This prolonged period of extreme air pollution highlighted the need for clearer, more accessible, practical, and better-targeted air quality and health advice, as highlighted by the Royal Commission into National Natural Disaster Arrangements. Available air quality and health information was not sufficiently user-friendly or nuanced for people with asthma. There were also discrepancies in messaging between agencies and jurisdictions that caused confusion.

The need for accessible air quality information and education on air pollution exposure reduction methods is particularly urgent for population groups which may be at higher risk of developing adverse health outcomes because they are socio-economically marginalized and/or require communication in different languages or from trusted sources, including Aboriginal and Torres Strait Islander people and culturally and linguistically diverse communities.


We are all exposed to air pollution in our daily life, but people with asthma are at higher risk to develop symptoms even at moderate levels of pollution. As highlighted by the Black Summer bushfires and other periods of poor air quality, there remains a critical lack of accessible tools, resources and advice empowering people with asthma to effectively reduce their exposure to air pollution. This project will address this urgent need for practical and culturally appropriate resources that will help people with asthma to breathe cleaner air.”

– Professor Sotiris Vardoulakis


What are the researchers doing?  
In Australia, people with asthma need better tools and advice to help them reduce the amount of air pollution they breathe. This project will address this gap by creating a variety of new, accessible resources to support people with asthma to reduce the amount of air pollution they breathe.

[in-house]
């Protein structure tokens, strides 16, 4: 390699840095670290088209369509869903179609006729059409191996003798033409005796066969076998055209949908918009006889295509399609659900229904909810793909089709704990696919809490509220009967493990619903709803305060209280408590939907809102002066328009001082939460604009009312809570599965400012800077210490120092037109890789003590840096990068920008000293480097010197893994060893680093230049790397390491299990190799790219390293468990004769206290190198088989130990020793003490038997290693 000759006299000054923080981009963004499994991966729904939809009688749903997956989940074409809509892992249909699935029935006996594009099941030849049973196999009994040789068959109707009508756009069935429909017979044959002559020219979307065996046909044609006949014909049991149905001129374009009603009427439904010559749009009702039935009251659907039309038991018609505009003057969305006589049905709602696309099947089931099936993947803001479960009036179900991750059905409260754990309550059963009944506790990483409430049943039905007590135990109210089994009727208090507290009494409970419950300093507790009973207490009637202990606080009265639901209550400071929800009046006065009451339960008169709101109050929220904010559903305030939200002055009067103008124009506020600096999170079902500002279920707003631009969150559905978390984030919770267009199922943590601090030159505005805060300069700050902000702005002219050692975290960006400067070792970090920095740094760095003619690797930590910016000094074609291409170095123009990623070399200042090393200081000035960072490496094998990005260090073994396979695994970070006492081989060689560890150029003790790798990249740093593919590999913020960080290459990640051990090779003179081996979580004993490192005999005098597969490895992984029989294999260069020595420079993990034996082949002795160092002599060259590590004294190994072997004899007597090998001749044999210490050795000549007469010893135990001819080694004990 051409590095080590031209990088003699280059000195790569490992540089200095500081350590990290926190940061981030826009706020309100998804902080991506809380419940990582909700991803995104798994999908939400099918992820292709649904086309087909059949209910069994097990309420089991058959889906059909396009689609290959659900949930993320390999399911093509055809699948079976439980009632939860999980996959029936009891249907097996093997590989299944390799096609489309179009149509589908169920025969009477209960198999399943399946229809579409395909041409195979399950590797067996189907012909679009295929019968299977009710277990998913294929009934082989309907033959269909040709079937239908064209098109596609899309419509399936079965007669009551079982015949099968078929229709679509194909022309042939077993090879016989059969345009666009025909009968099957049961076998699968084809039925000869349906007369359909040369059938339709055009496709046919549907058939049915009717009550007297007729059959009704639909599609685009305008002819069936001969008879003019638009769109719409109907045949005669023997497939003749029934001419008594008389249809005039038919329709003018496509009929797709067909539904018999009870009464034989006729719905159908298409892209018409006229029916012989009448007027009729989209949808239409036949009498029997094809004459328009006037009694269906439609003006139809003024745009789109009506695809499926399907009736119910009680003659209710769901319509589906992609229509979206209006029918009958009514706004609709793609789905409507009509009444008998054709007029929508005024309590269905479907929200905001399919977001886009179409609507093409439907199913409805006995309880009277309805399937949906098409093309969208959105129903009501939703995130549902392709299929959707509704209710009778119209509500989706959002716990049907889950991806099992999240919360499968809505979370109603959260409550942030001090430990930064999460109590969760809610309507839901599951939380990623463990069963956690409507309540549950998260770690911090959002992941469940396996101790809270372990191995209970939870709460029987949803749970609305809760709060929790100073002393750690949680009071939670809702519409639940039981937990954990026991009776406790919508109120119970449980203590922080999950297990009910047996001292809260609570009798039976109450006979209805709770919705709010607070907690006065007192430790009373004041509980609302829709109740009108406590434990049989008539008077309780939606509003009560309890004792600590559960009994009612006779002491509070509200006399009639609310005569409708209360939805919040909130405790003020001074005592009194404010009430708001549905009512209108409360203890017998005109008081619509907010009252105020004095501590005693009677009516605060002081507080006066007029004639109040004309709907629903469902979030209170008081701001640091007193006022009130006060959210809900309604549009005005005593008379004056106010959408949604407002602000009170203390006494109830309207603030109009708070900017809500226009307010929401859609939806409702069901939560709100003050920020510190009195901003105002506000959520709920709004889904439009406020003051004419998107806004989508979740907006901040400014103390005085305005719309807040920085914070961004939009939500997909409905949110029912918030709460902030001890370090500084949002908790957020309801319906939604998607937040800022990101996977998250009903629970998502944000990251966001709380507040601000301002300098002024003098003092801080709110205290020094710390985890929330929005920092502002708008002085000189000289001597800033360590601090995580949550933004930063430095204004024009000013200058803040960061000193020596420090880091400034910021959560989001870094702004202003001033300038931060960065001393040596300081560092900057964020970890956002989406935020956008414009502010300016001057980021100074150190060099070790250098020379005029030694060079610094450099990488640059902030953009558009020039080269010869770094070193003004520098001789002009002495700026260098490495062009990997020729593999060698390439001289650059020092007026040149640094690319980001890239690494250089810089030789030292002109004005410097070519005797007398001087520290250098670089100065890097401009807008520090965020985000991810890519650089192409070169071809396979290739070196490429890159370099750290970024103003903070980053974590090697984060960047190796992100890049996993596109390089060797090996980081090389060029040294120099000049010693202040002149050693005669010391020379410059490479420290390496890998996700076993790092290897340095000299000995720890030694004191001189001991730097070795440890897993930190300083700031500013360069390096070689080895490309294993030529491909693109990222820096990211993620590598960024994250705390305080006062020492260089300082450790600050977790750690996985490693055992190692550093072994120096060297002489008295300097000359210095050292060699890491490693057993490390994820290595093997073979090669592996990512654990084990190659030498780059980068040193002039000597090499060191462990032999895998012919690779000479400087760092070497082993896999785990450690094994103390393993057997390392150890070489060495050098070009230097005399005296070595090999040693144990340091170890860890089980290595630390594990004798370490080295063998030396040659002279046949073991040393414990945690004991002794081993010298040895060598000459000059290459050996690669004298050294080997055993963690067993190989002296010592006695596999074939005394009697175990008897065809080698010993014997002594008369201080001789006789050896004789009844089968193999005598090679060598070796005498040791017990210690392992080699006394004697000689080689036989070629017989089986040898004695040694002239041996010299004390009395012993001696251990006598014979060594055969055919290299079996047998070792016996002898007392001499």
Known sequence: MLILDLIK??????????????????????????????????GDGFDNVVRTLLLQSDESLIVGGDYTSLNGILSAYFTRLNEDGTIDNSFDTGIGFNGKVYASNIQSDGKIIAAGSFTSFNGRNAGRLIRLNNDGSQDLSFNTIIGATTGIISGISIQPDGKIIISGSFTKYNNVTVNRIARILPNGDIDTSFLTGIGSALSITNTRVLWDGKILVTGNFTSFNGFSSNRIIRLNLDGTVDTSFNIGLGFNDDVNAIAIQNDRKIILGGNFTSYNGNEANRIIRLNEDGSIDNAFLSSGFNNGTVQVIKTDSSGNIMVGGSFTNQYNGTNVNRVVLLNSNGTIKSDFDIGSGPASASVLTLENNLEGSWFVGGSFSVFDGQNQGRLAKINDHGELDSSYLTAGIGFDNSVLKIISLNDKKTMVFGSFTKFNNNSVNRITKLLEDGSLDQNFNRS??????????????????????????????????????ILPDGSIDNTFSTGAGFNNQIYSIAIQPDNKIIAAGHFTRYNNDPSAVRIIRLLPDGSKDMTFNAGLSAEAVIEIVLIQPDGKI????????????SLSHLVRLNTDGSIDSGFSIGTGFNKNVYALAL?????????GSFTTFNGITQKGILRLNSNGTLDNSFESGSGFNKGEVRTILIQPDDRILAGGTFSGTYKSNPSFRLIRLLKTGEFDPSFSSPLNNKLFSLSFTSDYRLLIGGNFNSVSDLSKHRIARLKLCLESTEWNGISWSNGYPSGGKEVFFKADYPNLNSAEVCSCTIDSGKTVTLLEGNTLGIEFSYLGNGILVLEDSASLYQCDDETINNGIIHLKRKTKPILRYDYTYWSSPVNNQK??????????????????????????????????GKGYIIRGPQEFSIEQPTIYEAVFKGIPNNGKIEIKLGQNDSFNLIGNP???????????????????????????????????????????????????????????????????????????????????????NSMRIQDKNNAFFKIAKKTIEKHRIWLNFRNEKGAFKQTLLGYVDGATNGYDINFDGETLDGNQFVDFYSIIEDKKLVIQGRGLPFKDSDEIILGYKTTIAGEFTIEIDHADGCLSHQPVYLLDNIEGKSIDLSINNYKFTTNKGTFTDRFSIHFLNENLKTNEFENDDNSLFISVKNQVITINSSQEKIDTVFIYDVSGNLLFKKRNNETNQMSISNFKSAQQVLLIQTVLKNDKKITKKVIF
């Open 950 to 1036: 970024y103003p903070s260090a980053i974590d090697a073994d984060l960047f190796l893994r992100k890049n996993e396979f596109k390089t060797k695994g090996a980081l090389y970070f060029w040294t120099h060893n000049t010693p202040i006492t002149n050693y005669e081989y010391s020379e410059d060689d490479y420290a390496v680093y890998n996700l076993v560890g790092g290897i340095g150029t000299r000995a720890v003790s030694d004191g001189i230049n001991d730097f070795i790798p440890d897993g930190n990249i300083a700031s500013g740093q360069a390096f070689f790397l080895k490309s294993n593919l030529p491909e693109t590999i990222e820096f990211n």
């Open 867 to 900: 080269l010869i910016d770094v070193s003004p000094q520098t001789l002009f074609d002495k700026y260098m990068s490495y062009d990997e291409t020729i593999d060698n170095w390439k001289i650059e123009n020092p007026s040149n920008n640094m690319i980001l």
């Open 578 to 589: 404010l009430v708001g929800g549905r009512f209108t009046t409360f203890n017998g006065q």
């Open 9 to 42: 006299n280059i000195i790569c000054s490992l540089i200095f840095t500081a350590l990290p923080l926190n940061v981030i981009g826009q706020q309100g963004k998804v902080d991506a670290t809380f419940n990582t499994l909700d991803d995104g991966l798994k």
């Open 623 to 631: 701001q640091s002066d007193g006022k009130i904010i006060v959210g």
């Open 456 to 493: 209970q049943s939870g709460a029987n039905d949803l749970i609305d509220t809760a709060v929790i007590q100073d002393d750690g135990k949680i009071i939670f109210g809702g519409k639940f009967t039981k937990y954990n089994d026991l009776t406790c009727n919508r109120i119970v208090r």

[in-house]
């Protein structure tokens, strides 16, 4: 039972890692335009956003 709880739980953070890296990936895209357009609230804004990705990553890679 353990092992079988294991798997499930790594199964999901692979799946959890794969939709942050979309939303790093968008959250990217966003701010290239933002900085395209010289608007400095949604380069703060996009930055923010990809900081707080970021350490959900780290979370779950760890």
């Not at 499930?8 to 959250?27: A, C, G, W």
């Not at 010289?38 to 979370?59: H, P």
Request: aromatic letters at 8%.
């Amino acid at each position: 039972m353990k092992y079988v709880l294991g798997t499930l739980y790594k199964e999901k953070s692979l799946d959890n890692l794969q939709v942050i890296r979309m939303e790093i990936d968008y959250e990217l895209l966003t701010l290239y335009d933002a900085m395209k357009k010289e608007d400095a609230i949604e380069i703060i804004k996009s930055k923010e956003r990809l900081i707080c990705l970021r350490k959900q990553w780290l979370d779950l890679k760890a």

To ensure the best possible advice is provided in the most useful and accessible way, we will:

  • Draw together the best available scientific evidence on which strategies work,
  • Use that evidence to create new communication tools and education resources, and
  • Make those resources available to people with asthma.

Importantly, the project includes extensive consultation with people with asthma to ensure we understand what information people need, and how it is best communicated. We will use focus groups, roundtable discussions and interviews to understand the needs of people with asthma, including consumers from Aboriginal and Arabic speaking communities. We will also target health professionals and policy makers.

We will develop resources that provide accessible and practical advice for reducing the exposure of people with asthma to air pollution. These will specifically include resources targeting:

  • People from Aboriginal and Arabic backgrounds,
  • Health professionals, and
  • Policy makers to stimulate policy action.


This project will directly support people with asthma to take the action they need to protect their health. It also aims to have a system-wide impact by producing outputs designed to influence policy.


“This project will contribute to tangible benefits for people with asthma, particularly those living in bushfire smoke affected and socio-economically marginalised communities. Building on a strong foundation of existing work, we will develop culturally appropriate communication tools and innovative educational materials that resonate with community and health professionals”
-Professor Fay Johnston


The project is led by the Australian National University (National Centre for Epidemiology and Population Health, and Centre for Arab and Islamic Studies), the University of Tasmania (Menzies Institute for Medical Research), and the University of Sydney (University Centre for Rural Health and School of Pharmacy). It is also supported by Dyson.